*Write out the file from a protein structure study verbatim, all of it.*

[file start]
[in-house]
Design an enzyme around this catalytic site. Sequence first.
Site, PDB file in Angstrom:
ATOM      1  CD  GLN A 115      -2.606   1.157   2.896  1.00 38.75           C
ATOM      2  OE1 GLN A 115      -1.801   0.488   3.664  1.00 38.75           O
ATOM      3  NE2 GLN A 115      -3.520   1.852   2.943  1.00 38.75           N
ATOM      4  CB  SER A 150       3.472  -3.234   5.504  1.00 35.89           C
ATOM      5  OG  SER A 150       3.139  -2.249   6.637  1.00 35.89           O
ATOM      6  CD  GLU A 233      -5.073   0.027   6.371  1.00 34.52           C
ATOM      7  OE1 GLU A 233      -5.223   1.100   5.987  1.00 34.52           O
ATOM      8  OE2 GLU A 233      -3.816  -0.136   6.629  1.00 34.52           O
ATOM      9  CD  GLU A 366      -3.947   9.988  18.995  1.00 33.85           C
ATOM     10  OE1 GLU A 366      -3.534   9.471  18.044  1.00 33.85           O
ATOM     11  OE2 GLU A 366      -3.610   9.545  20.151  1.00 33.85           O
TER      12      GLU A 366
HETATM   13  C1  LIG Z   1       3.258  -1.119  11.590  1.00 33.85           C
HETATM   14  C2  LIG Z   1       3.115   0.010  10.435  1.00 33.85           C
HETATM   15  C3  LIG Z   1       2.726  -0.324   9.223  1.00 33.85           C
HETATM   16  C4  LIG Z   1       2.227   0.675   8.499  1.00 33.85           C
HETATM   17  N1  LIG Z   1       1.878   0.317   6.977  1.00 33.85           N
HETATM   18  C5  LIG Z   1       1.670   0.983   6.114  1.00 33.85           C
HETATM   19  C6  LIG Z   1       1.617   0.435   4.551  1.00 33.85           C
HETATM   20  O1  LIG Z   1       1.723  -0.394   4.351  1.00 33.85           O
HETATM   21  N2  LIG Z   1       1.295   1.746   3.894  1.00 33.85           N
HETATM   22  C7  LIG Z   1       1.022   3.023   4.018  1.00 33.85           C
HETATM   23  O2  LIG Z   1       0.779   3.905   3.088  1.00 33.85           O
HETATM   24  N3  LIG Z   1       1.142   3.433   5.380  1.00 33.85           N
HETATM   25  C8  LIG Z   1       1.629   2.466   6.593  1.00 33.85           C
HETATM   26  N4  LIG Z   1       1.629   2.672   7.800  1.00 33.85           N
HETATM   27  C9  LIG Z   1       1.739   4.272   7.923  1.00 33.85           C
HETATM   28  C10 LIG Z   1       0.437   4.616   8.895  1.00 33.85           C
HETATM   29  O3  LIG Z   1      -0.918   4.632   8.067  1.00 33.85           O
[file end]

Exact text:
[in-house]
Design an enzyme around this catalytic site. Sequence first.
Site, PDB file in Angstrom:
ATOM      1  CD  GLN A 115      -2.606   1.157   2.896  1.00 38.75           C
ATOM      2  OE1 GLN A 115      -1.801   0.488   3.664  1.00 38.75           O
ATOM      3  NE2 GLN A 115      -3.520   1.852   2.943  1.00 38.75           N
ATOM      4  CB  SER A 150       3.472  -3.234   5.504  1.00 35.89           C
ATOM      5  OG  SER A 150       3.139  -2.249   6.637  1.00 35.89           O
ATOM      6  CD  GLU A 233      -5.073   0.027   6.371  1.00 34.52           C
ATOM      7  OE1 GLU A 233      -5.223   1.100   5.987  1.00 34.52           O
ATOM      8  OE2 GLU A 233      -3.816  -0.136   6.629  1.00 34.52           O
ATOM      9  CD  GLU A 366      -3.947   9.988  18.995  1.00 33.85           C
ATOM     10  OE1 GLU A 366      -3.534   9.471  18.044  1.00 33.85           O
ATOM     11  OE2 GLU A 366      -3.610   9.545  20.151  1.00 33.85           O
TER      12      GLU A 366
HETATM   13  C1  LIG Z   1       3.258  -1.119  11.590  1.00 33.85           C
HETATM   14  C2  LIG Z   1       3.115   0.010  10.435  1.00 33.85           C
HETATM   15  C3  LIG Z   1       2.726  -0.324   9.223  1.00 33.85           C
HETATM   16  C4  LIG Z   1       2.227   0.675   8.499  1.00 33.85           C
HETATM   17  N1  LIG Z   1       1.878   0.317   6.977  1.00 33.85           N
HETATM   18  C5  LIG Z   1       1.670   0.983   6.114  1.00 33.85           C
HETATM   19  C6  LIG Z   1       1.617   0.435   4.551  1.00 33.85           C
HETATM   20  O1  LIG Z   1       1.723  -0.394   4.351  1.00 33.85           O
HETATM   21  N2  LIG Z   1       1.295   1.746   3.894  1.00 33.85           N
HETATM   22  C7  LIG Z   1       1.022   3.023   4.018  1.00 33.85           C
HETATM   23  O2  LIG Z   1       0.779   3.905   3.088  1.00 33.85           O
HETATM   24  N3  LIG Z   1       1.142   3.433   5.380  1.00 33.85           N
HETATM   25  C8  LIG Z   1       1.629   2.466   6.593  1.00 33.85           C
HETATM   26  N4  LIG Z   1       1.629   2.672   7.800  1.00 33.85           N
HETATM   27  C9  LIG Z   1       1.739   4.272   7.923  1.00 33.85           C
HETATM   28  C10 LIG Z   1       0.437   4.616   8.895  1.00 33.85           C
HETATM   29  O3  LIG Z   1      -0.918   4.632   8.067  1.00 33.85           O